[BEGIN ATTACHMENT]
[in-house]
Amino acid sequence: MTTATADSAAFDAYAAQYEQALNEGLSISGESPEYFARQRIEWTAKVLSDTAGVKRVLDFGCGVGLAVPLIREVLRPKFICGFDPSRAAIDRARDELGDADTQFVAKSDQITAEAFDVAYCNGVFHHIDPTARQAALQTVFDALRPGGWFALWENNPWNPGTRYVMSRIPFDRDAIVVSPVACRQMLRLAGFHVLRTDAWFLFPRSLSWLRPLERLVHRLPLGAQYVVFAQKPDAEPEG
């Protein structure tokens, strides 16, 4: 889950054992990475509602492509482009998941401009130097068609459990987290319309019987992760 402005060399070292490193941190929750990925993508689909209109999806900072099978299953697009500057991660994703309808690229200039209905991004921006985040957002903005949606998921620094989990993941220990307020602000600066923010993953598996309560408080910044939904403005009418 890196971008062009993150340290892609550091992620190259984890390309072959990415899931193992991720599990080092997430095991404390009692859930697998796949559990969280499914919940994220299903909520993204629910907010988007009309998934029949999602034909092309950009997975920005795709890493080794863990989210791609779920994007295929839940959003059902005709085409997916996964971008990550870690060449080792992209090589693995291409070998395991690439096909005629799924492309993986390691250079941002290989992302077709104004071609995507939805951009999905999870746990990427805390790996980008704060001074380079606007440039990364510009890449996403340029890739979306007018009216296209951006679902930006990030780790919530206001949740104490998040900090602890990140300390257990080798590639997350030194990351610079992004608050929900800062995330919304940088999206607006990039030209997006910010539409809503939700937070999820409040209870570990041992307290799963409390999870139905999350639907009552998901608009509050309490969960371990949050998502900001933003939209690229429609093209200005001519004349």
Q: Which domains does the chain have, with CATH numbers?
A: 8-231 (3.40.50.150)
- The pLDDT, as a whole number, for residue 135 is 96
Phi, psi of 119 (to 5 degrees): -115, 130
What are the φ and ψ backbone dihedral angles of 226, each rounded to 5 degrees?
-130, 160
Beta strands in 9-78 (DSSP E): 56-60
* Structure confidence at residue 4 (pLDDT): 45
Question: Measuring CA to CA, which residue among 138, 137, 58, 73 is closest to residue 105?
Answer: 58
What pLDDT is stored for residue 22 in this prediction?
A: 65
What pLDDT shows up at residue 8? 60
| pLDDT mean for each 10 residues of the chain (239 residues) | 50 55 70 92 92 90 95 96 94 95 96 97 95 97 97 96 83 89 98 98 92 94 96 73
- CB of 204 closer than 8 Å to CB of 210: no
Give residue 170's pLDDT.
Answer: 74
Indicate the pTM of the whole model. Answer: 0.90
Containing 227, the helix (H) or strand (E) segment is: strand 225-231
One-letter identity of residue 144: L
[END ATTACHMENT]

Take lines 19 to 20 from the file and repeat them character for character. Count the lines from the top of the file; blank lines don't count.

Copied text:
Give residue 170's pLDDT.
Answer: 74